4. Anti money laundering 
  5. The war will be fought with screens, not men, until the fragility of the networks that were built over decades and never black-started as a whole shatter into islands or go dark for decades. The Internet of today is not your grandfather’s ARPAnet and has concentrated pinch points and single points of failure 
  6. using Matt’s Perl Scripts WWWboard, lethally hackable code that I was amazed to still find on t’internet – for the love of all that is holy don’t ever even think about putting this on a real site. At least my site was on the intranet. 

55 thoughts on “The Coming Gilded Age and Vanguard’s mustelid indigestion”

  1. I think we may have had this conversation before, but I should point out that IWeb don’t charge platform fees for holding OEICs. I have a large fund only ISA with them, for which I pay about £10 per year in dealing fees.
    Youinvest and Hargreaves Lansdown both have the fee structure you describe – % based for OEICs, but a capped lower platform fee for ETFs/shares only. I’m not sure where you have got the idea that iWeb do this.

    Liked by 2 people

    1. Ta – my bad. It stuck in my head because that’s what they did when I signed up. Looks like this change is what we got to the increase in signup fee from the £25 I paid to £100.
      Now if I were a Lifestrategy fellow that would make me happy, as that is fund only ISTR.

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      1. Oh dear. It could be worse than I thought. The problem could be incipient ermine brain rot instead 😉

        I like iWeb – there’s nothing fancy about it and it’s a pretty basic ride. But I am grateful to them for delivering me from the pestilence of paying anything at all on those periods I leave it all alone

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  2. I hope your ISA transfer to Vanguard was quicker than some small pension transfers to my Vanguard SIPP are taking. I’ve been waiting nearly 2 months now on what should be an electronic cash transfer from one of the other providers. I thought I would do the small pensions before consolidating a big one with them, the idea being to dump it all in a LS fund and go bird watching selling down lumps as required. So it spooked me off transferring a decent sized L&G ISA to Vanguard before it gets thrown into Fidelity by L&G. So I went on to my Hargreaves ISA and kicked off an “in spec” transfer of my L&G funds to them and in less than a week there they are parked in my HL account. I have to hand it to HL – when they get a sniff of that 0.45% platform fee on funds they really go for it on the transfer like a badger after peanuts. Of course I have now switched those funds to ETFs but in my tardiness I ended up paying a month’s worth of the 0.45% fees on the funds crossing into the current month before I did so – I guess they deserve it for the efficiency. I’m not sure what is up with the Vanguard SIPP transfers being so slow though and that flexible ISA would have been nice to have. I’m sure SIPP transfers are more complicated than ISAs with all the regs, but I wasn’t expecting to have to babysit the pension transfers between Vanguard and the other providers so much…got a feeling I’m in for a long game here..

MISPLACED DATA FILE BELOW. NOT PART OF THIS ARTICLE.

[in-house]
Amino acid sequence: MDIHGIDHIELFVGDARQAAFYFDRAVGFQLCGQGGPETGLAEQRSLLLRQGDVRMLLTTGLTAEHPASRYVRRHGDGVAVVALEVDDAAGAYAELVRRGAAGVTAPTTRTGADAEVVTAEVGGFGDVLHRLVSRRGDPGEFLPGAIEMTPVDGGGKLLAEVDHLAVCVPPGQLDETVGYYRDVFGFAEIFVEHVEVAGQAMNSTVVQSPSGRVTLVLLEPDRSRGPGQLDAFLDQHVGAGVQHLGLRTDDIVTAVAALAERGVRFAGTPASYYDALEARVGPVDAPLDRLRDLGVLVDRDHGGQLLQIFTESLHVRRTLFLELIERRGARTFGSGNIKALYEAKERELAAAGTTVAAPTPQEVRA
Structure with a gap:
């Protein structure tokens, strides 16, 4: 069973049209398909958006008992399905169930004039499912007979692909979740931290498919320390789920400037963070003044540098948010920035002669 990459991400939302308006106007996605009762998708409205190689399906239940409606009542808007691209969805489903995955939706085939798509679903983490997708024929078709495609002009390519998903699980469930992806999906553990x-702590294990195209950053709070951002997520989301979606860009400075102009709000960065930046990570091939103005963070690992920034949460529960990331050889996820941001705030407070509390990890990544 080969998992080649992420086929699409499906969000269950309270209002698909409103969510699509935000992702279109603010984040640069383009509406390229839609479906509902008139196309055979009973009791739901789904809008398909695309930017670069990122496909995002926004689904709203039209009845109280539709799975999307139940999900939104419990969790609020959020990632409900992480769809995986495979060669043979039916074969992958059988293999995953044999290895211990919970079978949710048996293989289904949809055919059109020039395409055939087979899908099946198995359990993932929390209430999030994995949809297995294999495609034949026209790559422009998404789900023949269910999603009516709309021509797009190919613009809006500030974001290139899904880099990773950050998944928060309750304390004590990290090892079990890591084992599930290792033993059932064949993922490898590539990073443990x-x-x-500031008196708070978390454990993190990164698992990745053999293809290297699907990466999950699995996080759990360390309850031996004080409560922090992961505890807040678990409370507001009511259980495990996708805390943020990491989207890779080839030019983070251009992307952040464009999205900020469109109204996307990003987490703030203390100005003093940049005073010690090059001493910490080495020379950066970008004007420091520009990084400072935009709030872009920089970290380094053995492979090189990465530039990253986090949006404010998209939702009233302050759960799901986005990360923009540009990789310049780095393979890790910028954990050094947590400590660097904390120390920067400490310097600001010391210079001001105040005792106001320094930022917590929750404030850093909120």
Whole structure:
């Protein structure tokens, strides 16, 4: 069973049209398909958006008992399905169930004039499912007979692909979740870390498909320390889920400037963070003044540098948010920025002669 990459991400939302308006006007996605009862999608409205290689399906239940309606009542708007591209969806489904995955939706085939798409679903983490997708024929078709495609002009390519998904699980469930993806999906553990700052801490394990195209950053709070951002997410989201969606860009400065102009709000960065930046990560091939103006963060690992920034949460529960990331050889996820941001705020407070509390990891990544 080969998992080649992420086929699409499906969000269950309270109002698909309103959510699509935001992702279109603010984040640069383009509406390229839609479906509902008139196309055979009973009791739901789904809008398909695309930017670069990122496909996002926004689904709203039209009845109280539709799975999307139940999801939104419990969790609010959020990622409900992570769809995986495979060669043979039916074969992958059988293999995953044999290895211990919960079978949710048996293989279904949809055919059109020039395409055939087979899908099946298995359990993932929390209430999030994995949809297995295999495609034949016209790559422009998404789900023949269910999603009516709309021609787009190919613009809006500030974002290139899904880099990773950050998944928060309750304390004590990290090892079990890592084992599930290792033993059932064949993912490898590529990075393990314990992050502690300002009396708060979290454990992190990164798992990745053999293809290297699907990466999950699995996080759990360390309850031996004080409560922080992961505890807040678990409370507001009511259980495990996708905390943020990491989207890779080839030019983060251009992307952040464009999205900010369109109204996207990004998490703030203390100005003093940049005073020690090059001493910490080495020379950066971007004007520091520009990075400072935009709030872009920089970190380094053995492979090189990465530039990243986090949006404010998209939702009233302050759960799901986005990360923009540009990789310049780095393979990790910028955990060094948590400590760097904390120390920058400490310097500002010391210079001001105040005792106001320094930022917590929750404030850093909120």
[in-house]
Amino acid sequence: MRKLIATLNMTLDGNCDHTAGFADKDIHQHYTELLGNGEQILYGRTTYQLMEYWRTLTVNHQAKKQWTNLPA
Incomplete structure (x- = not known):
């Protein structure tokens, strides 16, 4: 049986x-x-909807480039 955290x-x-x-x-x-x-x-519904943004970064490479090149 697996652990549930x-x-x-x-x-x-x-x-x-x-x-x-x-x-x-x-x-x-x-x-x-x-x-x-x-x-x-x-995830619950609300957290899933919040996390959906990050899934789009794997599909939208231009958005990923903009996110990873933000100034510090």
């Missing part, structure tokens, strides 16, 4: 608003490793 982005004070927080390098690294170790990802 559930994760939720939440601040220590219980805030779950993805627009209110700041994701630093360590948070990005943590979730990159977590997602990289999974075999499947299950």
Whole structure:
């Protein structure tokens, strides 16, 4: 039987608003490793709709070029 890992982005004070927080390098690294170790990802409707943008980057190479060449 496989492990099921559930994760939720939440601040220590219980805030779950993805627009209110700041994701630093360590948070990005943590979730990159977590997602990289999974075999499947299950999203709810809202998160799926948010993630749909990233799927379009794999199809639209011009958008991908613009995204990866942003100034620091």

Liked by 1 person

      1. Well, I thought I had missed something so in case it has changed so went to check. The blurb small print in the HL stocks ISA key features PDF has this statement “ The HL Stocks and Shares ISA and Cash ISA aren’t flexible ISAs and withdrawals cannot be replaced in the same tax year”. Disappointing but for £45 a year platform charge holding ETFs, ITs and shares I still find it good value and my recent Friday afternoon help desk support call to them was helpful and they resolved my transfer problem in a few minutes on the phone.

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      2. Bill,
        My bad – I misread / misunderstood the google response to “is hl isa flexible” from the HL news archive that reads:
        ——————————————
        “The tax-efficient ISA wrapper is flexible, you can withdraw money whenever you like and invest to suit your needs – for income, growth or a combination of the two.

        A 60 second guide to Stocks & Shares ISAs”
        ———————————–